East Asia Workshop: Politics, Economy and Society Presents
“Performance Legitimacy, State Autonomy and
China’s Economic Development”
Presenter: Dingxin Zhao
Professor of Sociology
University of Chicago
November 20, 2012
Pick Lounge, 5828 South University Ave.
All the theories that explain post-MaoChina’s economic success tend to attribute it to one or several “successful” policies or institutions of the Chinese government, or to account for the success from economic perspectives. This article argues that the success of the Chinese economy relies not just on the Chinese state’s economic policy but also on its social policies. Moreover,China’s economic success does not merely lie in the effectiveness of any single economic or social policy or institution, but also in the state’s capacity to make a policy shift when it faces the negative unintended consequences of its earlier policies. The Chinese state is compelled to make policy shifts quickly because performance constitutes the primary base of its legitimacy, and the Chinese state is able to make policy shifts because it enjoys a high level of autonomy inherited fromChina’s past.China’s economic development follows no fixed policies and relies on no stable institutions, and there is no Chinese model or “Beijingconsensus” that can be constructed to explain its success.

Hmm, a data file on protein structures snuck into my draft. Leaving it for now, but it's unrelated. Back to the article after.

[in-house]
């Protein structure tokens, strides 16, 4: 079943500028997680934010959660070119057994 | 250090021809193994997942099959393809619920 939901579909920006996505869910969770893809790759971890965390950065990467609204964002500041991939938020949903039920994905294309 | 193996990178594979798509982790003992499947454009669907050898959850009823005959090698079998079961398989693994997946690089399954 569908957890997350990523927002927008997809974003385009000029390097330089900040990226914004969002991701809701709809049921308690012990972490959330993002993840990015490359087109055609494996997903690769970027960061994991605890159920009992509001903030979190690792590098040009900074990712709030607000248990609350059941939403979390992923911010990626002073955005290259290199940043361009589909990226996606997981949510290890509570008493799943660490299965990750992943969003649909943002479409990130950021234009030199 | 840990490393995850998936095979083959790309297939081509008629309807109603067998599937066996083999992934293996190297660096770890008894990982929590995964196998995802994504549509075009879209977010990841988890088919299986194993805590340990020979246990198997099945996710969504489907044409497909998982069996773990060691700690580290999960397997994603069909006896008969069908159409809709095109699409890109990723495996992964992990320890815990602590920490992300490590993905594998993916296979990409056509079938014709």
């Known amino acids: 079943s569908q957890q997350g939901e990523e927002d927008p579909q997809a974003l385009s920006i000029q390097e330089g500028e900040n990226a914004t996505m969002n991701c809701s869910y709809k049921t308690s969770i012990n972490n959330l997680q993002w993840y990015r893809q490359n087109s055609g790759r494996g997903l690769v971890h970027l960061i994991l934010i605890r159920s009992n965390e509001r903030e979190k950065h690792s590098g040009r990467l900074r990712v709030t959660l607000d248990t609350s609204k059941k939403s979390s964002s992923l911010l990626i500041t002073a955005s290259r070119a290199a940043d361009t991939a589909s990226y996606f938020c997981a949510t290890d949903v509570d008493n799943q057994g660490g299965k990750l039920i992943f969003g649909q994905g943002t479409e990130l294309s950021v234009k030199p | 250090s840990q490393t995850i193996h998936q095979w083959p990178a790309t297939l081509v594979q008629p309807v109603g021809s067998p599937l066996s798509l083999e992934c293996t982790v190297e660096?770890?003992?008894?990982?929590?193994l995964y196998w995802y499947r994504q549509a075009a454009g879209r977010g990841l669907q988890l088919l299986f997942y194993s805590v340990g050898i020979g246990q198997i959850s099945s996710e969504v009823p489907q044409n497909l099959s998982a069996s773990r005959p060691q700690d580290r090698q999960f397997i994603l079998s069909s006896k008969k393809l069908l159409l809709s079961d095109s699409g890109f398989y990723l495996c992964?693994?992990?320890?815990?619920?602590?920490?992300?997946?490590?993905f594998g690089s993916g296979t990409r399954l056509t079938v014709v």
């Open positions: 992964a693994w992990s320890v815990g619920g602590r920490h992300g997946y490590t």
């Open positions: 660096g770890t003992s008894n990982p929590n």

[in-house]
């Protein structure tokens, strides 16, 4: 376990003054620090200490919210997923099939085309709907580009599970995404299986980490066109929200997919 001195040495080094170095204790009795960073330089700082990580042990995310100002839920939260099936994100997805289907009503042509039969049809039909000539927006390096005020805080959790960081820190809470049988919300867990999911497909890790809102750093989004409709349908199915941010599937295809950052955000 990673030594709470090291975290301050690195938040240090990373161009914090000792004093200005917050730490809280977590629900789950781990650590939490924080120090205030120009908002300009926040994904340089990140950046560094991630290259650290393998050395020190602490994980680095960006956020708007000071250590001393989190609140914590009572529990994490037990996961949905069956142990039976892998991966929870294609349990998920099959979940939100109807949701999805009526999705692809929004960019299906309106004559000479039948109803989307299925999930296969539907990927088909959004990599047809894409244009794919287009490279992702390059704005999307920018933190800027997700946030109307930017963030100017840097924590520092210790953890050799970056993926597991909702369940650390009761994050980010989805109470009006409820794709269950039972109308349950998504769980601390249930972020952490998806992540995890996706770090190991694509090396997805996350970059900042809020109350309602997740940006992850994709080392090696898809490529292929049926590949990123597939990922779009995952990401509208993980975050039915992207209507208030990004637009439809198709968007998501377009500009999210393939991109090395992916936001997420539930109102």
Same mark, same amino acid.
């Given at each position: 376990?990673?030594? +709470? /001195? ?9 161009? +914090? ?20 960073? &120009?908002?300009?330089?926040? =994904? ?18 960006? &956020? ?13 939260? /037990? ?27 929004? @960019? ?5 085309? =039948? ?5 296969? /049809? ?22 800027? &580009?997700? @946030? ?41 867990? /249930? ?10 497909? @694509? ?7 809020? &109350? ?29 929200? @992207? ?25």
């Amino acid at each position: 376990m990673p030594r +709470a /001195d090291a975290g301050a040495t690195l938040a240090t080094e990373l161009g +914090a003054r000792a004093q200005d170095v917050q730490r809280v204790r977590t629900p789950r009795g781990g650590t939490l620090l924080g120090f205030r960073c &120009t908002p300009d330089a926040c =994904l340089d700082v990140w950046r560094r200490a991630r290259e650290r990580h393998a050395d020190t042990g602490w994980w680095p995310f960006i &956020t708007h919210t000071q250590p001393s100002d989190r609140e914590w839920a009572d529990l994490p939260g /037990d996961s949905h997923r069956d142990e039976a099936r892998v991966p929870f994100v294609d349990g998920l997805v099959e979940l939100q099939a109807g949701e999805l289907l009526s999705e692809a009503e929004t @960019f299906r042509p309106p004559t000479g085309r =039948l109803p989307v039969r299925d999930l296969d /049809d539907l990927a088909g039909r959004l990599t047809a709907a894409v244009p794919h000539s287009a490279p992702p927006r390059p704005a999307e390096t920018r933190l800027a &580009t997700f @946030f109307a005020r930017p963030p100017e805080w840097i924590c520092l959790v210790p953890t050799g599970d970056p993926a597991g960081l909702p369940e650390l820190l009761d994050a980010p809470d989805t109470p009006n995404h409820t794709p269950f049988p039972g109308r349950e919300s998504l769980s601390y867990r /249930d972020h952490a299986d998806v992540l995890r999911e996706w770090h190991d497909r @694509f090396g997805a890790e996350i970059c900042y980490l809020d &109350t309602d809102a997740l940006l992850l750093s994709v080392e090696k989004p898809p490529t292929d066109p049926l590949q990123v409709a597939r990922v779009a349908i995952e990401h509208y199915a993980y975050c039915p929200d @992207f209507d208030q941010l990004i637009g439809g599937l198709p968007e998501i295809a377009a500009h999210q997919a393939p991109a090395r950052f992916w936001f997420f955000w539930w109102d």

Workshop website: http://cas.uchicago.edu/workshops/eastasia/
Student coordinator: Le Lin (firstname.lastname@example.org)
Faculty sponsors: Dali Yang, Dingxin Zhao and Zheng Michael Song
This presentation is sponsored by the Council on Advanced Studies in Humanities and Social Sciences and Center for East Asian Studies. Persons with disabilities who believe they may need assistance please contact the student coordinator in advance.